personalized CART program in patients with type 2 diabetes (T2D)
requires investigation. Therefore, the primary aim of the current study
is to investigate the impact of CART programs on metabolic profile,
glycemic control, and exercise capacity in patients with diabetes.
We evaluated 41 subjects with T2D (15 females and 19
males, 50.8 ± 7 years); subjects were randomized into two groups;
sedentary (SG) and CART (CART-G). CART was performed over 1.10-h
sessions (30-min aerobic and 30-min resistance exercises) three
times/week for 12 weeks. Body composition, biochemical analyses,
peripheral muscular strength, and cardiopulmonary exercise testing were
primary measurements.                   The glycated hemoglobin HbA1c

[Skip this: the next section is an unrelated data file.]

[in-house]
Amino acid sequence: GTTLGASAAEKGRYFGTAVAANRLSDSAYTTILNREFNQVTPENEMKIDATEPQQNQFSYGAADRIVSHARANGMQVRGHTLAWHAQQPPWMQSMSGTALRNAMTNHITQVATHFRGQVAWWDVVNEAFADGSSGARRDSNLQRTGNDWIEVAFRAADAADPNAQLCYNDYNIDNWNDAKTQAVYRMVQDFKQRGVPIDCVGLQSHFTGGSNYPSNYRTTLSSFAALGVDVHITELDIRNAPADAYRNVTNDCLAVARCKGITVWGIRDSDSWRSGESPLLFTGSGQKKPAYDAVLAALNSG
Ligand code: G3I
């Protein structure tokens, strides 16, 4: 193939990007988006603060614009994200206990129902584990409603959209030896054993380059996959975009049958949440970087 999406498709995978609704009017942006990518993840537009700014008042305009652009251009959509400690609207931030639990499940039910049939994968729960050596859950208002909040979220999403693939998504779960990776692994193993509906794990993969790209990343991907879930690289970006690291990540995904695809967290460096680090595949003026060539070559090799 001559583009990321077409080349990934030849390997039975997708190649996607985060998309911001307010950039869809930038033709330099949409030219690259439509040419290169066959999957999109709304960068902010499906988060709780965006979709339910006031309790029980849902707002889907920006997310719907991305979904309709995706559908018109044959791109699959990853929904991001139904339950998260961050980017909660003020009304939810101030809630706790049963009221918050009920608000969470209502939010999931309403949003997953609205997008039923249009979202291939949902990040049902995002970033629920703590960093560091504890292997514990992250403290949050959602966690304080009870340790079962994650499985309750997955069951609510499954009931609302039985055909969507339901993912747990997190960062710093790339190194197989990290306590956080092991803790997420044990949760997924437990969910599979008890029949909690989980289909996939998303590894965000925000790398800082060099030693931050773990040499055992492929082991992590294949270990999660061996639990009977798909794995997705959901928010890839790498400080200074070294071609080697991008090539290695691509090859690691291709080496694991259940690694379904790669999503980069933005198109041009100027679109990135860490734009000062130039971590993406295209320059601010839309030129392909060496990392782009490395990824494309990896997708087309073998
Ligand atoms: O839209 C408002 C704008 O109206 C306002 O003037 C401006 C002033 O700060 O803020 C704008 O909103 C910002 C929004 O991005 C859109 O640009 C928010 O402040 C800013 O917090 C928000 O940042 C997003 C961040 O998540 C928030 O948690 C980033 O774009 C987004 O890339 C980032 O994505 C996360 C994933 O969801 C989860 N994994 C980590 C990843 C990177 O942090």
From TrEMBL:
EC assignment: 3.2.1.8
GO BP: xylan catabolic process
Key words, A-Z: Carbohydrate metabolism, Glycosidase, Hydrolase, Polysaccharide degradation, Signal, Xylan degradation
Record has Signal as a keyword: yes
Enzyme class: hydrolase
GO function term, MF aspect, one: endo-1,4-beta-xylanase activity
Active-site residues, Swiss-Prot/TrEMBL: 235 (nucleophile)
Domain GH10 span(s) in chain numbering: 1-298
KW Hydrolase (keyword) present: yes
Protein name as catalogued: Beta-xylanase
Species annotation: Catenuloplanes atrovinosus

(65.4 ± 17.9 to 55.9 ± 12.7 mmol/mol), cholesterol (198.38.1 ± 50.3 to
186.8 ± 35.1 mg/dl), and homeostasis model assessment insulin
resistance (HOMA-IR) (6.4 ± 6.8 to 5.0 ± 1.4) decreased in the CART-G
compared to the SG. Although body weight did not significantly change
after training, skinfold measurement indicated decreased body fat in
the CART-G only. CART significantly enhanced muscle strength compared
to the SG (p< 0.05). CART was also associated with significant increase
in peak oxygen uptake and maximal workload compared to the SG
(p< 0.05).                   These data support CART as an important
strategy in the treatment of patients with T2D, producing both
physiologic and functional improvements.